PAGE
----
From the journals of Delphine Warburton, circa 1885: "I arose early this morning with no other thought than to clear my head of the past night's dreams--all unpleasant and lingering. In the garden before the sun was fully up, puttering about under fallen leaves with my small trowel (given to me on one of Edwin's digs)--I unearthed a strange bundle of what at first appeared to be sticks and dry leaves covered in a viscous, semi transparent material, much like the cocoon of some lepidoptera or the sac which accompanies a fetal mammal. As I watched the bundle began to rearrange itself, bulge and split. Several long appendages issued forth and in a moment I beheld what appeared to be the larval form of a fae break free and slither into the pale light. It had much the appearance of an adult of the tree guardian ranks, yet it also possessed an unformed, infant quality that gave it a strangely vulnerable air. I was speechless at my good fortune--the question of how and where the fae originate had occupied a great deal of my thought and research and now I had been presented at least one answer, like a gift...And when her transformation was complete, she had left behind an amazingly detailed thin shell, similar to that of a larval cicada. I was able to carefully preserve it and create a plaster cast and wooden replica of my strange and wonderful find..."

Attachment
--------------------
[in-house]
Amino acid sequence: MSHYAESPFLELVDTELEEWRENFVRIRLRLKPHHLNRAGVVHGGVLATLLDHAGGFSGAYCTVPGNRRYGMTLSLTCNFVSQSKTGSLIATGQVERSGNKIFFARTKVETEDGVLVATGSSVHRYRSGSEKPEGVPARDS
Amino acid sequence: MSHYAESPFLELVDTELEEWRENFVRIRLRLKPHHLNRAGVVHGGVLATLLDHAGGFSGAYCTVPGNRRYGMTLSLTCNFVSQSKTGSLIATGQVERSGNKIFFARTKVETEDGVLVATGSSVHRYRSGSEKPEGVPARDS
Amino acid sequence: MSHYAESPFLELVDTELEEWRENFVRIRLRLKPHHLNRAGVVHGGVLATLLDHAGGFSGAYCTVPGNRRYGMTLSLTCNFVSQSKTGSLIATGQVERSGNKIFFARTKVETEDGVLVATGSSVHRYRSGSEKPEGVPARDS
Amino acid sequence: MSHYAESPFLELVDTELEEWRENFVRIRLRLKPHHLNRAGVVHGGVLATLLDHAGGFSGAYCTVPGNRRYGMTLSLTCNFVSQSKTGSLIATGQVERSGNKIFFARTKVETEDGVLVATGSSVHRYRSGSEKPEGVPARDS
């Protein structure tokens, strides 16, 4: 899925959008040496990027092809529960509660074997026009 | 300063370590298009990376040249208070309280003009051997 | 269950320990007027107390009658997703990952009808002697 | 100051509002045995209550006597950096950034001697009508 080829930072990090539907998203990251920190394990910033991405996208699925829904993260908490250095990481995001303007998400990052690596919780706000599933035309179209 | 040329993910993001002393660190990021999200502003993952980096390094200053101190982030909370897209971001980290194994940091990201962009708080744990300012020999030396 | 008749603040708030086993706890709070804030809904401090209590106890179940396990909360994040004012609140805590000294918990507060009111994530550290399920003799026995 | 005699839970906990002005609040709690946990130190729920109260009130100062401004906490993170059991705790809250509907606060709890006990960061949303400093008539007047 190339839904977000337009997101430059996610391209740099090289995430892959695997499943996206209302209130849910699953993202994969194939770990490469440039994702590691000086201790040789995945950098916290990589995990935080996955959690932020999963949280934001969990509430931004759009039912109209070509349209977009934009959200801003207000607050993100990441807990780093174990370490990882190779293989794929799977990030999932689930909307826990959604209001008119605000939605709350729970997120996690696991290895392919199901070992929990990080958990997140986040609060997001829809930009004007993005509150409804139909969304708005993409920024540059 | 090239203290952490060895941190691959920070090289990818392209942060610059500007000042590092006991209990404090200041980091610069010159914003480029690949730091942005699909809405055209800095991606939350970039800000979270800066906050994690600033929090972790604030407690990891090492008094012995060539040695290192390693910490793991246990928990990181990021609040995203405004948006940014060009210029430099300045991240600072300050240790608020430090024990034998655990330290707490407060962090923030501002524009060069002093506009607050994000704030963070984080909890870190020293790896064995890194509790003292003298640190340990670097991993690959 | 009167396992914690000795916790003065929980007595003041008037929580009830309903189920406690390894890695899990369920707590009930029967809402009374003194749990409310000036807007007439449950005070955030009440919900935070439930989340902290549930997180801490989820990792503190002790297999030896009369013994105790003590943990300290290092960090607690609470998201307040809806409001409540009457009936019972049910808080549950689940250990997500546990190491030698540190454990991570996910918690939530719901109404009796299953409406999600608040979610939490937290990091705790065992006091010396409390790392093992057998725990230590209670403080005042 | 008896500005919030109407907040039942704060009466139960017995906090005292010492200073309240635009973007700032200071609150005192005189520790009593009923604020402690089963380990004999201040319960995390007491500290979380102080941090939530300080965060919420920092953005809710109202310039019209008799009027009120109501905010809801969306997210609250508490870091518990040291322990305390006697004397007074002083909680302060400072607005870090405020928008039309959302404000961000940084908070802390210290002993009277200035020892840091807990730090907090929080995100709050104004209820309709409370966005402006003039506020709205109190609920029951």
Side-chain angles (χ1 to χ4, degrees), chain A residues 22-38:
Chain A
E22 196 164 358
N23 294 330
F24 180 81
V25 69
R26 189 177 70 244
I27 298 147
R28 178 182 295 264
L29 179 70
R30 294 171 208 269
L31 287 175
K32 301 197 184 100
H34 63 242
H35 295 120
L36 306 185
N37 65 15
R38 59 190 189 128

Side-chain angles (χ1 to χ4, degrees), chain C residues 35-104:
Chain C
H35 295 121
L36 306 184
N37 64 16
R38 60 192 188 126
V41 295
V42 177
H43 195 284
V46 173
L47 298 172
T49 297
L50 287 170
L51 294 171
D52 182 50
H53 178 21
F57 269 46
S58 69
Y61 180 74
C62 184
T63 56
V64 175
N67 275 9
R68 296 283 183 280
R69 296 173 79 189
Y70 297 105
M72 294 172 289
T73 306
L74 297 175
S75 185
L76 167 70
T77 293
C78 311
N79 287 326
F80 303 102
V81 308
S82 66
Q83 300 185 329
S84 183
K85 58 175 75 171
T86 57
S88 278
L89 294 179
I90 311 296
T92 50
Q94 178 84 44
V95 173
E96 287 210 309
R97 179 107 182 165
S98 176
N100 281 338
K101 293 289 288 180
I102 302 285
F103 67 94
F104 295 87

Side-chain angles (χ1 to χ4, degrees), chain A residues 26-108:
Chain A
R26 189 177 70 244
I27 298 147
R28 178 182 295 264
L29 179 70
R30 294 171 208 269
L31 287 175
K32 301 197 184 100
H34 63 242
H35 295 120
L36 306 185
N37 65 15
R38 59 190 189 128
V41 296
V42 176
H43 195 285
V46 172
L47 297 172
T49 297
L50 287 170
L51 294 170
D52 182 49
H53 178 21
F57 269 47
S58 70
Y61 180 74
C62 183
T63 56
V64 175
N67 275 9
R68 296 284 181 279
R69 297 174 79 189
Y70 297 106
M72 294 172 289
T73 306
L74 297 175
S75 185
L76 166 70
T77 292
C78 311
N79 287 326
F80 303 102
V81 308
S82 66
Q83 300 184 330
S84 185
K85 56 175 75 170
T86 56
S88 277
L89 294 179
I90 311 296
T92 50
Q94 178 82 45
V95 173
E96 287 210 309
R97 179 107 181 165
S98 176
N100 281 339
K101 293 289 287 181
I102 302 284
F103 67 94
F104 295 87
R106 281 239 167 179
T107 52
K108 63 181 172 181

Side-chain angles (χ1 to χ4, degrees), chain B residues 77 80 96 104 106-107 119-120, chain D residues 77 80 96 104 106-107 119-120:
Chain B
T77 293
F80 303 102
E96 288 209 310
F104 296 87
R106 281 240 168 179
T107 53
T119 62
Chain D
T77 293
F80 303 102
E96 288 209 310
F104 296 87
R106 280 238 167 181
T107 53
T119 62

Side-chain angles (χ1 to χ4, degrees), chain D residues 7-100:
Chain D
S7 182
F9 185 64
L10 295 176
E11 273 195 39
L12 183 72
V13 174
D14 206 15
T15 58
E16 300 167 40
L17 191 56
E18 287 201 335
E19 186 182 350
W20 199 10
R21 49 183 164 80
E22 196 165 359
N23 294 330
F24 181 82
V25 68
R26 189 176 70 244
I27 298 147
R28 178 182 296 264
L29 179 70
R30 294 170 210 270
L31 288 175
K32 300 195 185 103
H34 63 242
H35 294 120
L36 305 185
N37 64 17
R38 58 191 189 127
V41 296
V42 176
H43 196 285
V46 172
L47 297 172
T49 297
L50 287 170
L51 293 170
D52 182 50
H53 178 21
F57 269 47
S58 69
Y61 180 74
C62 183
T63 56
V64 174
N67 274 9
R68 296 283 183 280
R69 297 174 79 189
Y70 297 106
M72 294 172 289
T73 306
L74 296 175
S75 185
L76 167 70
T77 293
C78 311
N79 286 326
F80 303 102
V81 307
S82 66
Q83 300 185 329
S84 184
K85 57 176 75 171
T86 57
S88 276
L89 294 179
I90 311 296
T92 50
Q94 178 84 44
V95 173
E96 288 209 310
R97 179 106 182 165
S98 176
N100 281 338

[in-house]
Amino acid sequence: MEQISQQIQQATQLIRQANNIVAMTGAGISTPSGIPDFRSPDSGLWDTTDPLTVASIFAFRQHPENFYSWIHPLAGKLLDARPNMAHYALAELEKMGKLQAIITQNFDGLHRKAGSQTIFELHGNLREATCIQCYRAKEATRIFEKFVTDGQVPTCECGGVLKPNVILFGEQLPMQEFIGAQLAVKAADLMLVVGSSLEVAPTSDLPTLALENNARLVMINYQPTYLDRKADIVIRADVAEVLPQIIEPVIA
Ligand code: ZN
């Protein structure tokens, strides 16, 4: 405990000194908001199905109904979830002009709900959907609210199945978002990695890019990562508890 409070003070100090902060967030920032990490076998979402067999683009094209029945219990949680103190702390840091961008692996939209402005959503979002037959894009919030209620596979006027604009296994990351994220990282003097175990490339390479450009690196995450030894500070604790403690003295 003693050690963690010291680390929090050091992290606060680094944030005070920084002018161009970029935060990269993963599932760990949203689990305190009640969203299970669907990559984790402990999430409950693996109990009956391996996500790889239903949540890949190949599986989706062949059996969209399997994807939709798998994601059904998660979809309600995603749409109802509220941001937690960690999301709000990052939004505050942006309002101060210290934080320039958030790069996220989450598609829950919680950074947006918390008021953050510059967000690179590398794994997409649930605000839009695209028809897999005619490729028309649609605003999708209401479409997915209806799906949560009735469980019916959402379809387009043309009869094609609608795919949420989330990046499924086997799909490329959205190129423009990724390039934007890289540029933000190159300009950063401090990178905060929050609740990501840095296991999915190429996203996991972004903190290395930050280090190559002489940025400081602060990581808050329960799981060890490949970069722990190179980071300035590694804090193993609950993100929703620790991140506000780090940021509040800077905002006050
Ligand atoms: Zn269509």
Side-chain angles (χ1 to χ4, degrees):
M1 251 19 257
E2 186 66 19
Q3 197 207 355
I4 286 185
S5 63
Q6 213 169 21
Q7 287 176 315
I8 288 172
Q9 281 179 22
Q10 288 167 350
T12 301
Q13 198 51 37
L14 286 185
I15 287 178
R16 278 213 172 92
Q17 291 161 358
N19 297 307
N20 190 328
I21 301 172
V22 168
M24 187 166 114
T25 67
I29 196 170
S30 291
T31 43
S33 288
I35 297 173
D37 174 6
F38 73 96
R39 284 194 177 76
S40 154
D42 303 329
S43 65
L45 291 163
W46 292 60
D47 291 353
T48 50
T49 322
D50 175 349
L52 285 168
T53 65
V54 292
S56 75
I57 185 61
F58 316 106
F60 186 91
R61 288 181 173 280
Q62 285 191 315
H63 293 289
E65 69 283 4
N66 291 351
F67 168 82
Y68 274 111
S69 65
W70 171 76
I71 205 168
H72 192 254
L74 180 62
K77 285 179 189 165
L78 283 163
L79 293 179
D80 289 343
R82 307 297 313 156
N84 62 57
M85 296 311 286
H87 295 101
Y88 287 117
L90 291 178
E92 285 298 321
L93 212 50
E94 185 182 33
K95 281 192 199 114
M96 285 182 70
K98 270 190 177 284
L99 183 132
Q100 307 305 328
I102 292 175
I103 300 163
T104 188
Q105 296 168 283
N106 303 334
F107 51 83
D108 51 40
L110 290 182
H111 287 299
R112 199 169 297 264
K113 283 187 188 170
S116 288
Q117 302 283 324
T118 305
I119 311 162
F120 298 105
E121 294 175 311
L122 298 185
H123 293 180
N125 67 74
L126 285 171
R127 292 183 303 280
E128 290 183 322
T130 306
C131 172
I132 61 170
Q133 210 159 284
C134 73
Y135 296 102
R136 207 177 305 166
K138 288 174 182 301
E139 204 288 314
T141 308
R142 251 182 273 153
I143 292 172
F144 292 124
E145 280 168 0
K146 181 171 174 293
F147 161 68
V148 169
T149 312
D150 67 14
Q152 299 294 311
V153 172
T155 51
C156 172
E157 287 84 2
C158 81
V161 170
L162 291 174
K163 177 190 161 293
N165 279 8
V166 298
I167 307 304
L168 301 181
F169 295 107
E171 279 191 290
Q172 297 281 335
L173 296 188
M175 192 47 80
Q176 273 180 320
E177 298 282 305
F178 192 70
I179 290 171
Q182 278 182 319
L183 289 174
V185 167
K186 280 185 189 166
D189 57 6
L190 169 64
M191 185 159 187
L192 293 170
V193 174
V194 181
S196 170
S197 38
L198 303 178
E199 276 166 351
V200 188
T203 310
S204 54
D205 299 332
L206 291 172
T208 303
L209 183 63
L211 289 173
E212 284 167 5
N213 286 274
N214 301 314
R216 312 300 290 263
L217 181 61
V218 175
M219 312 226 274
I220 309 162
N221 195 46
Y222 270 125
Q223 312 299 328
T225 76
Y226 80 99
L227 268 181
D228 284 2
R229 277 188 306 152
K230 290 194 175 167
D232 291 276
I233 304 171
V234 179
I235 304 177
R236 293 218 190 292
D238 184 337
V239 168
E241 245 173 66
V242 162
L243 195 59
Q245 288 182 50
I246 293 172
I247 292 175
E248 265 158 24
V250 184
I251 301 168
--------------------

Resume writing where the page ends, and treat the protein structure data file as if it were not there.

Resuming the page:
Letter from Delphine to Edmund Perkins
Dated 21 November, 1892
My Dearest Edmund,